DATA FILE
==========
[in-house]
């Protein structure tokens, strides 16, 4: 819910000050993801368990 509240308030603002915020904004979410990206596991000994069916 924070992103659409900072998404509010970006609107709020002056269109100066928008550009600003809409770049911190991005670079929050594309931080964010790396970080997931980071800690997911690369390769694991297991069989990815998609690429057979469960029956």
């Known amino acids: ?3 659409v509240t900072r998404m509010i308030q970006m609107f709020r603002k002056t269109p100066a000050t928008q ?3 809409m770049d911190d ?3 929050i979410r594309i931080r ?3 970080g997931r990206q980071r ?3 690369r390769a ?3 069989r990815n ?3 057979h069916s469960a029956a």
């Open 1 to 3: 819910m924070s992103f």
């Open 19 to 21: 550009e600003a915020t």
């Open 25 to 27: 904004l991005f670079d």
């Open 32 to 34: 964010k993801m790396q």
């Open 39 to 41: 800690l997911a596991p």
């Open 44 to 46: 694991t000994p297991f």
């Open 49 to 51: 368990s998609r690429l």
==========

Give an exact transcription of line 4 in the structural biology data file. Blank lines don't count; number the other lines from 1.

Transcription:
């Open 1 to 3: 819910m924070s992103f």